California has poured tens of billions of additional dollars into its public schools this decade on the assumption – or hope – that they would close the state’s stubborn academic “achievement gap.”
Former Gov. Jerry Brown championed the Local Control Funding Formula (LCFF) that gives school districts with large numbers of poor and/or “English-learner” students extra funds to improve their educational outcomes.
Brown, however, was unwilling for the state to closely monitor how those billions of dollars were spent, or whether they had at least begun to close the gap. He said he trusted local school boards and educators to spend the money responsibly and effectively.
There’s almost no evidence that the statewide gap has narrowed, but we may finally get some real data on how the LCFF money has been spent and whether it’s accomplishing its stated purpose.
The Legislature has given State Auditor Elaine Howle the task of delving into how LCFF is working in “three large, geographically dispersed districts” with substantial numbers of at-risk students, determining how the districts are spending the extra money and how they are measuring their progress.
Meanwhile, Brown’s successor, Gavin Newsom, wants to create a system of collecting “longitudinal education data” that will “provide a clear picture of how students advance from early childhood education programs through K-12 schools to postsecondary education and into the workforce.”
Sen. Steve Glazer, an Orinda Democrat, is carrying legislation, Senate Bill 2, to create the data system Newsom supports and it’s cleared its first committee hearing.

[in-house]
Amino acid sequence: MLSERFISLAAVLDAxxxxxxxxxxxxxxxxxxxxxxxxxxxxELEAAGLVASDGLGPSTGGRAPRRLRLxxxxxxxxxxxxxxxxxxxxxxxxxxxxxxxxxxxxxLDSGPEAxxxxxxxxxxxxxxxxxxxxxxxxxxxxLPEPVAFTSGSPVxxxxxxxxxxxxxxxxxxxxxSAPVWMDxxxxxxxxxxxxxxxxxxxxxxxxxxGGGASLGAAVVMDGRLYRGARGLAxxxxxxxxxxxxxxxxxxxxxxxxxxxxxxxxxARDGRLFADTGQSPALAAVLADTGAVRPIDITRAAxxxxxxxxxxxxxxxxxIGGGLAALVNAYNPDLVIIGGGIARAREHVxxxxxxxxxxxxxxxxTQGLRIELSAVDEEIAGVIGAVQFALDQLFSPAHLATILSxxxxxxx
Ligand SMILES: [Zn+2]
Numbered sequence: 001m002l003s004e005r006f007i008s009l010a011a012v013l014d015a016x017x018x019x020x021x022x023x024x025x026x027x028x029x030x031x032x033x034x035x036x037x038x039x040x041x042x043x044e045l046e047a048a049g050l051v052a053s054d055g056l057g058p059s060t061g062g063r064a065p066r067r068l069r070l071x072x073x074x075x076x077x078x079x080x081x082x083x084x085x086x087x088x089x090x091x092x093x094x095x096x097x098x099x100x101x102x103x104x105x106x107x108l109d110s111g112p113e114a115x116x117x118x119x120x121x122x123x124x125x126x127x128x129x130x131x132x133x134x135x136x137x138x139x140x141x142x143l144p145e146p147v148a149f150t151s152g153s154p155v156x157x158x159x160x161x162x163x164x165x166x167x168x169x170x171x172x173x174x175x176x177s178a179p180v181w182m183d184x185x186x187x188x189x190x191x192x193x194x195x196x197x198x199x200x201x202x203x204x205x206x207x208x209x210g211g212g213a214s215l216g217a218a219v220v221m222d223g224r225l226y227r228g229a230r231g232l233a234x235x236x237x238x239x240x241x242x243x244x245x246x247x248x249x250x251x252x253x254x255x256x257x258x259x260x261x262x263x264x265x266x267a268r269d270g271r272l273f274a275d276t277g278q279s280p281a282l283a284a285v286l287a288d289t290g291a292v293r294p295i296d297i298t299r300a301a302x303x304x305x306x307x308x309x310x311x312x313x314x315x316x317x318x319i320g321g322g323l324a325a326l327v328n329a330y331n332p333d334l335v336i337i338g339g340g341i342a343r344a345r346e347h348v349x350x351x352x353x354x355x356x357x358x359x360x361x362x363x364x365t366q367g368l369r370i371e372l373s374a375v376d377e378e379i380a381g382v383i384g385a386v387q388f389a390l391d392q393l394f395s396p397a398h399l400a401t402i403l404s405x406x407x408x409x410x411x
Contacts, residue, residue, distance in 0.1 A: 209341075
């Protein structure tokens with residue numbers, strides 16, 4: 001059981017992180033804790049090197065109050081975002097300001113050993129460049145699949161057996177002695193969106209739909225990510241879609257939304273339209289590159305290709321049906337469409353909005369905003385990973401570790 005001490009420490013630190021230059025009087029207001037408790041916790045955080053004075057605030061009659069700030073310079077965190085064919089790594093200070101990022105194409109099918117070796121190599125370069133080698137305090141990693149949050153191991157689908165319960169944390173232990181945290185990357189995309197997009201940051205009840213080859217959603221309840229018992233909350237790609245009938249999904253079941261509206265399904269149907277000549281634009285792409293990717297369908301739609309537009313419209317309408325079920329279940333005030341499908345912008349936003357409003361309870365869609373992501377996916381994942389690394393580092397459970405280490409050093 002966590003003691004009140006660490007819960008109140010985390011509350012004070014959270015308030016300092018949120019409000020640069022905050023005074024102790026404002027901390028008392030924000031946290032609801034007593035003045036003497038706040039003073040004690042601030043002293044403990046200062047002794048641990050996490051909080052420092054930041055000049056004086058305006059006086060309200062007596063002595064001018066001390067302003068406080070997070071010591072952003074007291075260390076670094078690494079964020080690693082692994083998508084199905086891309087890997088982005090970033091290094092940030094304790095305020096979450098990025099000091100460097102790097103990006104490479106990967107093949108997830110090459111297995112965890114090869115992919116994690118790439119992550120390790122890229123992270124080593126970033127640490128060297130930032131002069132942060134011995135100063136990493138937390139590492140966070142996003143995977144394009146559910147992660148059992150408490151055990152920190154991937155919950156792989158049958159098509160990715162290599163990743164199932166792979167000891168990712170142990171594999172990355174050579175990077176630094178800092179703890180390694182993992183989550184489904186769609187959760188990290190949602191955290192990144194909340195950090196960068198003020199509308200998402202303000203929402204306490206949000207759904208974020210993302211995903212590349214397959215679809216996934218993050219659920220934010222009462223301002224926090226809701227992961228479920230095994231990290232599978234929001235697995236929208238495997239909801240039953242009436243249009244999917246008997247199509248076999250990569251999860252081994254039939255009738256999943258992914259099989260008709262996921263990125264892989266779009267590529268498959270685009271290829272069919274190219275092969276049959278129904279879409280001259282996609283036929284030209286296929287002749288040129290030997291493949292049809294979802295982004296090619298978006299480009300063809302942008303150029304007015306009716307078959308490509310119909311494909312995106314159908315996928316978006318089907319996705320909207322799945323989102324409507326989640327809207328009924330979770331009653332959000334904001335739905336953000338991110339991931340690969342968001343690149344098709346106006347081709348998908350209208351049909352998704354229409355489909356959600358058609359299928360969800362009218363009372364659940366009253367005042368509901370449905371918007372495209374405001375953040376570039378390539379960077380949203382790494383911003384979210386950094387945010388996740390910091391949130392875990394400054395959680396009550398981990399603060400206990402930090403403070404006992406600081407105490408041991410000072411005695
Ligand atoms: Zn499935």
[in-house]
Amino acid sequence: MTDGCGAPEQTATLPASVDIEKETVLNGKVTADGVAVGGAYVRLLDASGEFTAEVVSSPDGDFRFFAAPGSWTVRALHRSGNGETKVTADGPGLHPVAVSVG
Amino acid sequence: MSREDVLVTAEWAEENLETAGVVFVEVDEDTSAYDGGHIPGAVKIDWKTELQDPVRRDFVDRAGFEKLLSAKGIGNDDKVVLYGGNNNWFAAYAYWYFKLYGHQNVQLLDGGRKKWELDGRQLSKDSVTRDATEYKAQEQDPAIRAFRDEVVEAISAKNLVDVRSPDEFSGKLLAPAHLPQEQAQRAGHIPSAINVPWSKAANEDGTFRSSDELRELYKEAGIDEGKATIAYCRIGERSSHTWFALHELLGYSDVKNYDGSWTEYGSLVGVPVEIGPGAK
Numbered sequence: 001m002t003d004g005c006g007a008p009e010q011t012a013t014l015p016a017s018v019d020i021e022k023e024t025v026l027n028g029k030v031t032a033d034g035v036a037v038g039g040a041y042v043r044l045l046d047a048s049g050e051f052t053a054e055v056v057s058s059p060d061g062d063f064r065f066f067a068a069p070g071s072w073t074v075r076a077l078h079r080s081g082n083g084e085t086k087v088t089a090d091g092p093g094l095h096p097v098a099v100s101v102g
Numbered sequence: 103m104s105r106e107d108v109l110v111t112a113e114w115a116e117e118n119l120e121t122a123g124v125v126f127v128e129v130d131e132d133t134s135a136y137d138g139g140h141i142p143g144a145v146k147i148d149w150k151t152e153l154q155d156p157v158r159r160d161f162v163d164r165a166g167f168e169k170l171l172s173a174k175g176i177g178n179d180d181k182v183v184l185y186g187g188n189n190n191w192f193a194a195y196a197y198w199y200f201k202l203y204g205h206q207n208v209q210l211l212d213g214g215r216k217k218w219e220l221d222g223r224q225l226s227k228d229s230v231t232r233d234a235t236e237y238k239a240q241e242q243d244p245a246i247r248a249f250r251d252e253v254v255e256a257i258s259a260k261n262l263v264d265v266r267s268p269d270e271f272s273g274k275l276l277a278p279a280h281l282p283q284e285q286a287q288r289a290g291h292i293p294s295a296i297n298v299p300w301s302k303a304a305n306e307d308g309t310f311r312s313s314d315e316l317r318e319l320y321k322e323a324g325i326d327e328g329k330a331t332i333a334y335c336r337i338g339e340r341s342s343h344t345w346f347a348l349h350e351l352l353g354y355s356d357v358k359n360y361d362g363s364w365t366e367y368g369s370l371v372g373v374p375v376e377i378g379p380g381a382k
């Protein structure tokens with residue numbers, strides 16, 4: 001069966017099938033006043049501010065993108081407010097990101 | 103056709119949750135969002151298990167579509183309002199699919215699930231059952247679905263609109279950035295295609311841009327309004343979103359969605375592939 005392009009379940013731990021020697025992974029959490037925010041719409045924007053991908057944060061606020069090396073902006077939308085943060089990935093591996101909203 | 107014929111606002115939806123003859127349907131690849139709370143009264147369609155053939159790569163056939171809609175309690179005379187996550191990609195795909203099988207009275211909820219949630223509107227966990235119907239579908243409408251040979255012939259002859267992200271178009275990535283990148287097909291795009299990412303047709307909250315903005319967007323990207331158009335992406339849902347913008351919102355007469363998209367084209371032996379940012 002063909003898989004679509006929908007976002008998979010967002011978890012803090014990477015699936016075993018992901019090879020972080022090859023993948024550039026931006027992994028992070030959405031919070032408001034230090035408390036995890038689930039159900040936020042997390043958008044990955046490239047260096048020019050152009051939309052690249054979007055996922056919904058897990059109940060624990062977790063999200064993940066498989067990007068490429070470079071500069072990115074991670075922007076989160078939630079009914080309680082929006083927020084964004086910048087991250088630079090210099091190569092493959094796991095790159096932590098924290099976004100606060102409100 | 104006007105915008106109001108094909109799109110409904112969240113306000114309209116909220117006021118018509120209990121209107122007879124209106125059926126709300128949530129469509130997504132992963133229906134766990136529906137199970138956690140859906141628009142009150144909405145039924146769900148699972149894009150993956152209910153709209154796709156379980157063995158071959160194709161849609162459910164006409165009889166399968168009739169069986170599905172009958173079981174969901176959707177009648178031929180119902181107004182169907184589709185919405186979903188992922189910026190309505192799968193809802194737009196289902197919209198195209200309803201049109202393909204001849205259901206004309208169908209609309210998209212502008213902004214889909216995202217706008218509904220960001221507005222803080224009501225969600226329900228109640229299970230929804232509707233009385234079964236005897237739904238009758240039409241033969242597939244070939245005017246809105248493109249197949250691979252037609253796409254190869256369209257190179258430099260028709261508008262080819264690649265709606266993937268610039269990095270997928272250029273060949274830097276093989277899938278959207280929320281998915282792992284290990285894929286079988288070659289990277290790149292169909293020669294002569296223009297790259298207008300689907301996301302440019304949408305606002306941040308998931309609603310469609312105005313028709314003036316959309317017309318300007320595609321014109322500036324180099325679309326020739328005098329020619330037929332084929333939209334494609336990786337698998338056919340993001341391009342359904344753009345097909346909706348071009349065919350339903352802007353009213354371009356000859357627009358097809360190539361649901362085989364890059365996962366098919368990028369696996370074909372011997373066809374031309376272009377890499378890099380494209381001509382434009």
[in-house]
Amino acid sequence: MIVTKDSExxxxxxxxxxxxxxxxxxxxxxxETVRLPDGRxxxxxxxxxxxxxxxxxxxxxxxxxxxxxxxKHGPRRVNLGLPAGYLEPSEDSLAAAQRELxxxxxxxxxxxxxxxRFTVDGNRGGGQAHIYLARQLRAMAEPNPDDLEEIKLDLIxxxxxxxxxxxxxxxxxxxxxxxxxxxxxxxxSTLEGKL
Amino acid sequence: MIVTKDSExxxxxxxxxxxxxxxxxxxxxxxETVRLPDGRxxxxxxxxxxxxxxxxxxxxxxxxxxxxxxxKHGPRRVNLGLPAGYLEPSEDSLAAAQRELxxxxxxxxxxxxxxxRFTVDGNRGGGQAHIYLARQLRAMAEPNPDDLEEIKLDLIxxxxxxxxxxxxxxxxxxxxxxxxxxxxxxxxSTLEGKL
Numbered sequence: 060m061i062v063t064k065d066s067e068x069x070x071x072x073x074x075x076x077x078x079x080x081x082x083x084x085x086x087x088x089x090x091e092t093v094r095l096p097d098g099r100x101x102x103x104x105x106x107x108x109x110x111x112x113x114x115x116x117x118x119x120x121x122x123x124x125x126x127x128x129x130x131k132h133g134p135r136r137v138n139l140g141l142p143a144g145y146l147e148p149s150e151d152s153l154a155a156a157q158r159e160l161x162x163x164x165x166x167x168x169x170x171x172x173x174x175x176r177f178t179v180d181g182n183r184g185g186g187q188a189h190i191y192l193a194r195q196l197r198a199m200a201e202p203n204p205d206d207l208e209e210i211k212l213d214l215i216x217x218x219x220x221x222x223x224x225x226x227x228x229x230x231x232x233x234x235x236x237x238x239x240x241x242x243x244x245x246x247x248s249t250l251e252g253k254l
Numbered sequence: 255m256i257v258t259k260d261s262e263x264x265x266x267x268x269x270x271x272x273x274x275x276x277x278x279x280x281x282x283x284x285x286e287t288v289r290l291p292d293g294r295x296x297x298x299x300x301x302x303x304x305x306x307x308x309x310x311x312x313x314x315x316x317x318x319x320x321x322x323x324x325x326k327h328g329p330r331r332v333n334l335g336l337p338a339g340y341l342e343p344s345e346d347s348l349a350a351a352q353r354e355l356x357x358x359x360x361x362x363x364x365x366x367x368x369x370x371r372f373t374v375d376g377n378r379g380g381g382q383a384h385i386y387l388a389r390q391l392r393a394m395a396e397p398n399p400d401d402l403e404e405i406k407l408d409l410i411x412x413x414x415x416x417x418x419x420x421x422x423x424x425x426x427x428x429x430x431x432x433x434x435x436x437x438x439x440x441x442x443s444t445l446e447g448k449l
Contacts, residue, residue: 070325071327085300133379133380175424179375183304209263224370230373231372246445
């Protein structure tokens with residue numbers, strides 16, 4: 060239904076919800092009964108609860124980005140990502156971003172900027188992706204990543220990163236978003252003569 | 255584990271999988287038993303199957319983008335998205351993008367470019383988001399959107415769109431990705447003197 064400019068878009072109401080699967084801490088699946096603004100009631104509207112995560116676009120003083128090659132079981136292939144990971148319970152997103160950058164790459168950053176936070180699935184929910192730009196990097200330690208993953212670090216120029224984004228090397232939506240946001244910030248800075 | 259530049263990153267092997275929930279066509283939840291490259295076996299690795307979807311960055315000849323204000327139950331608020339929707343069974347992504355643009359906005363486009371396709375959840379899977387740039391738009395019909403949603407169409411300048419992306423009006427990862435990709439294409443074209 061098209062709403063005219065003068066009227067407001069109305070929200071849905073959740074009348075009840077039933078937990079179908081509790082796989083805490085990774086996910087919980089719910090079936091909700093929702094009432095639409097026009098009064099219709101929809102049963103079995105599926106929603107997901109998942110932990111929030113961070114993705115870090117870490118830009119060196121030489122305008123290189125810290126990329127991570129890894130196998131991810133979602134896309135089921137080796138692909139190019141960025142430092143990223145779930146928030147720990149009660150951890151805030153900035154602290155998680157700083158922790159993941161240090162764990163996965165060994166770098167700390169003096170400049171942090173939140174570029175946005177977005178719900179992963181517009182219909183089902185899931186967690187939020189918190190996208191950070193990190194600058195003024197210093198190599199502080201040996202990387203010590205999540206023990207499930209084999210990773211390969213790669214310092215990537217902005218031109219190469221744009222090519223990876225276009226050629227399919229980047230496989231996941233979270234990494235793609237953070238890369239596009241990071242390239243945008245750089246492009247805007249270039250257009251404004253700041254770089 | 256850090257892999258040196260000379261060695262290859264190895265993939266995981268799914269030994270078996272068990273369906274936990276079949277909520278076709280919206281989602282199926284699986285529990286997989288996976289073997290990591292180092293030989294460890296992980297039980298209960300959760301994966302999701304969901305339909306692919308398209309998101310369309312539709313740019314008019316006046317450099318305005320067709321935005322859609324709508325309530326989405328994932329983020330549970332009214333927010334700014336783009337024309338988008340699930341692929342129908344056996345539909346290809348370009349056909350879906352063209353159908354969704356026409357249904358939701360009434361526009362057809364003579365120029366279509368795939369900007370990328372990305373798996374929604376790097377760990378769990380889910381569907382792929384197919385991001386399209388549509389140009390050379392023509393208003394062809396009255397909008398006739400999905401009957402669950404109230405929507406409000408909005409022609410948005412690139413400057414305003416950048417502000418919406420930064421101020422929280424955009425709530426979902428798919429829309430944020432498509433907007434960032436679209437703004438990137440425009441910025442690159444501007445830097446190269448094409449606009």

“It would include reforms to be monitored, gaps in the education system to be identified, and specific changes to be made,” Glazer told the Senate Education Committee. “In addition, these systems would enable decision-makers to develop an early detection system that would trigger interventions when needed and a placement system that would better assign students into appropriate courses in high school and college.”
You have free articles remaining.
The state audit and a new data system could shed light on the most frustrating aspect of California’s achievement gap – why it’s so wide in some local school systems but much narrower, or even non-existent, in others with equally daunting socioeconomic profiles.
A recent article in the Fresno Bee highlighted the remarkable achievement in the Cutler-Orosi Joint Unified School District, which serves two small San Joaquin Valley farm towns.
The Bee notes that “the district has the third-highest rate of poverty of any unified school district in California, a factor repeatedly linked to low test scores, high dropout rates and more.” The district’s students come mostly from farmworker families, many of them with undocumented immigrant parents.
However, “in spite of these factors, the district’s high school produces graduates who are ready for college at rates comparable to schools with half as many students living in poverty…” the Bee found. It quoted Superintendent Yolanda Valdez as saying, “We want to be the place where people come and see what poor kids can do when given opportunity,” she said. “Poverty is not an excuse.”
One key factor is that with 97 percent of students living in poverty, the district received nearly $13 million in extra funds under LCFF, about $3,250 per student, “which was spent on counselors for low-income youth, parent education programs and more.”
Cutler-Orosi isn’t alone. Other poverty-stricken districts, especially those in rural farm towns, have had similarly remarkable records of academic achievement.
They prove that poor kids can learn. Perhaps the new accountability systems will point the way to replicating their success in districts, especially big urban districts, that have shown abysmal results to date.